What happens next? Well, “what happens next can only be bad” laments the report. House prices fall, unemployment levels will rise. If the markets get wind of the true state of the country’s finances, the speculators and credit rating agencies may come knocking. With the credit card maxed out, there’s no Keynesian cavalry to call upon. Interest rates can’t go any lower.

Morgan has no answers, other than to call for less regulation and simpler business taxation so that small and medium sized businesses can flourish. They also suggest that since it cannot guarantee its citizens a rising standard of living in material terms, the government should focus on a civil liberties agenda: “The scale of Britain’s underlying economic weaknesses is such that David Cameron and Nick Clegg cannot realistically expect to make Britain a richer country, but they can most certainly make it a freer one.”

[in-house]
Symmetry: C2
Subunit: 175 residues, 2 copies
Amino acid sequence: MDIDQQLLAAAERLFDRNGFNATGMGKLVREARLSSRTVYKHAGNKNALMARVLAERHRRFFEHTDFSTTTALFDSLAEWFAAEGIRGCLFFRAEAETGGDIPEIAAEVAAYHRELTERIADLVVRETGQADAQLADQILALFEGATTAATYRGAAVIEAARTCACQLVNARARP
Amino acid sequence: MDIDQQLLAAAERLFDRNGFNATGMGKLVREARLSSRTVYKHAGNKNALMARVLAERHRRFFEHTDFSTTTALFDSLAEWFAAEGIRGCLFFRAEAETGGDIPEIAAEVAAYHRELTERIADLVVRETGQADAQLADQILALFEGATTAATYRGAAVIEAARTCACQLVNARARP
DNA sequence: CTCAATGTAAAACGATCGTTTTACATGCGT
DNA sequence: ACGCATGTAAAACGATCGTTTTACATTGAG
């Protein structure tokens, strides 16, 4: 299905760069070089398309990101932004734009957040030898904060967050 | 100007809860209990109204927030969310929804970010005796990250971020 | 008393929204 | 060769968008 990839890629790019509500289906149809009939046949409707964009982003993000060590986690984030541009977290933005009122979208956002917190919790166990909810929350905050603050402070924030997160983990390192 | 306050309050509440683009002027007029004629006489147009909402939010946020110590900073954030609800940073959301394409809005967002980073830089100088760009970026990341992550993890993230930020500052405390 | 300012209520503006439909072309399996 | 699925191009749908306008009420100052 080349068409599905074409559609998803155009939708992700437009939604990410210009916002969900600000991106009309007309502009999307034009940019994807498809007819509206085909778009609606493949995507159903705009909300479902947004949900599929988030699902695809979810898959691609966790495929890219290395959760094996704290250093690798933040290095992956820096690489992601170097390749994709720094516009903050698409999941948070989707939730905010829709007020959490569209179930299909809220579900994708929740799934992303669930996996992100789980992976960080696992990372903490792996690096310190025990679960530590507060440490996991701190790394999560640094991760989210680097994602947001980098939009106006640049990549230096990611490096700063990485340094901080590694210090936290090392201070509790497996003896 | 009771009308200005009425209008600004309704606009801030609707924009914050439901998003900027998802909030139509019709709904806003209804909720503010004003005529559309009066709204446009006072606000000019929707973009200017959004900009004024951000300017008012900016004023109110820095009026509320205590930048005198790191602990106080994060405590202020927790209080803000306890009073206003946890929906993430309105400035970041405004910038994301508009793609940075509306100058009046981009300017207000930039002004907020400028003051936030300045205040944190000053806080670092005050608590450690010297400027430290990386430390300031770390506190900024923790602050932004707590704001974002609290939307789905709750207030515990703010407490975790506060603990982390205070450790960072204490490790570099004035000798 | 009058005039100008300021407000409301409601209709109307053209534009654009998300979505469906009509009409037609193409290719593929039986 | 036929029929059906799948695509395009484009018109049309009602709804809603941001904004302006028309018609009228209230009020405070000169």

That’s not a bad idea, but it doesn’t have to stop with civil liberties, it could be a whole re-ordering of the economy around qualitative rather than quantitative development.

There are two ways to see an end to growth. One is to see it as ‘stagnation’ or decline, and run ever faster to stand still. (The re-writing of Britain’s planning laws in the shameless service of economic growth would be one example.) The alternative is to accept that growth wasn’t delivering the goods in the first place, and learn to run the economy without it. After all, debt is one of several reasons why growth can’t be taken for granted any more. Climate change is one, oil depletion another. So perhaps we should embrace this new plateau not as stagnation, but as a levelling out, a stabilising and maturing of the economy.